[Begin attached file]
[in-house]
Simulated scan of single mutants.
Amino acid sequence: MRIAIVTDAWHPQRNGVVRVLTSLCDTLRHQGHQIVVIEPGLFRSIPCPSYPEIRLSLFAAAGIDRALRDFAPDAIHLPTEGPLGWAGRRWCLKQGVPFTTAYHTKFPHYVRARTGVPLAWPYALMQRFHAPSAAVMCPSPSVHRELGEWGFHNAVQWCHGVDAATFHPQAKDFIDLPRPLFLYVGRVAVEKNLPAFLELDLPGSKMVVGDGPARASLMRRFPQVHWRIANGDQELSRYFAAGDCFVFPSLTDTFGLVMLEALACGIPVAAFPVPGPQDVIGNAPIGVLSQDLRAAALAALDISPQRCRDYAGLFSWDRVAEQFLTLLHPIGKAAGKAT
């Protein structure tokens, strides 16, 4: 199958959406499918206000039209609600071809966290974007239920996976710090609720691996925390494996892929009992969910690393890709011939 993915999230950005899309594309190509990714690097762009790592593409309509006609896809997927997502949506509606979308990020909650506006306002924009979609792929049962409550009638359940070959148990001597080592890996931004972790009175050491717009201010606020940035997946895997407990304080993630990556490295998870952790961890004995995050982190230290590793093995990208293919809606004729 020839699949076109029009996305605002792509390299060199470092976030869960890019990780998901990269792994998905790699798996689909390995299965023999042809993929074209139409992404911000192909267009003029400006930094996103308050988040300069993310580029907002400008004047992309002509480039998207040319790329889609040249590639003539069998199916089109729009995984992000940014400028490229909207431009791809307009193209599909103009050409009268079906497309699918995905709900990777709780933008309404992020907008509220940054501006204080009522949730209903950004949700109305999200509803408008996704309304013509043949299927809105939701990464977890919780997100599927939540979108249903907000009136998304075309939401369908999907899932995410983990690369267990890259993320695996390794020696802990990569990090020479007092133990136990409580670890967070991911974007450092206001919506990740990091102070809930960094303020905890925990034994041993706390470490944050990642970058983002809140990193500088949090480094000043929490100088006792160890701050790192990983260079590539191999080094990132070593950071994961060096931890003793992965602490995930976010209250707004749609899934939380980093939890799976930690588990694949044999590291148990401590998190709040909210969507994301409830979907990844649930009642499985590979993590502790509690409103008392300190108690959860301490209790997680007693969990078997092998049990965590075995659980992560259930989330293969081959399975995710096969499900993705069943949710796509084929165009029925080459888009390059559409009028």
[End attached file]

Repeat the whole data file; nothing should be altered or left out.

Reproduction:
[in-house]
Simulated scan of single mutants.
Amino acid sequence: MRIAIVTDAWHPQRNGVVRVLTSLCDTLRHQGHQIVVIEPGLFRSIPCPSYPEIRLSLFAAAGIDRALRDFAPDAIHLPTEGPLGWAGRRWCLKQGVPFTTAYHTKFPHYVRARTGVPLAWPYALMQRFHAPSAAVMCPSPSVHRELGEWGFHNAVQWCHGVDAATFHPQAKDFIDLPRPLFLYVGRVAVEKNLPAFLELDLPGSKMVVGDGPARASLMRRFPQVHWRIANGDQELSRYFAAGDCFVFPSLTDTFGLVMLEALACGIPVAAFPVPGPQDVIGNAPIGVLSQDLRAAALAALDISPQRCRDYAGLFSWDRVAEQFLTLLHPIGKAAGKAT
């Protein structure tokens, strides 16, 4: 199958959406499918206000039209609600071809966290974007239920996976710090609720691996925390494996892929009992969910690393890709011939 993915999230950005899309594309190509990714690097762009790592593409309509006609896809997927997502949506509606979308990020909650506006306002924009979609792929049962409550009638359940070959148990001597080592890996931004972790009175050491717009201010606020940035997946895997407990304080993630990556490295998870952790961890004995995050982190230290590793093995990208293919809606004729 020839699949076109029009996305605002792509390299060199470092976030869960890019990780998901990269792994998905790699798996689909390995299965023999042809993929074209139409992404911000192909267009003029400006930094996103308050988040300069993310580029907002400008004047992309002509480039998207040319790329889609040249590639003539069998199916089109729009995984992000940014400028490229909207431009791809307009193209599909103009050409009268079906497309699918995905709900990777709780933008309404992020907008509220940054501006204080009522949730209903950004949700109305999200509803408008996704309304013509043949299927809105939701990464977890919780997100599927939540979108249903907000009136998304075309939401369908999907899932995410983990690369267990890259993320695996390794020696802990990569990090020479007092133990136990409580670890967070991911974007450092206001919506990740990091102070809930960094303020905890925990034994041993706390470490944050990642970058983002809140990193500088949090480094000043929490100088006792160890701050790192990983260079590539191999080094990132070593950071994961060096931890003793992965602490995930976010209250707004749609899934939380980093939890799976930690588990694949044999590291148990401590998190709040909210969507994301409830979907990844649930009642499985590979993590502790509690409103008392300190108690959860301490209790997680007693969990078997092998049990965590075995659980992560259930989330293969081959399975995710096969499900993705069943949710796509084929165009029925080459888009390059559409009028």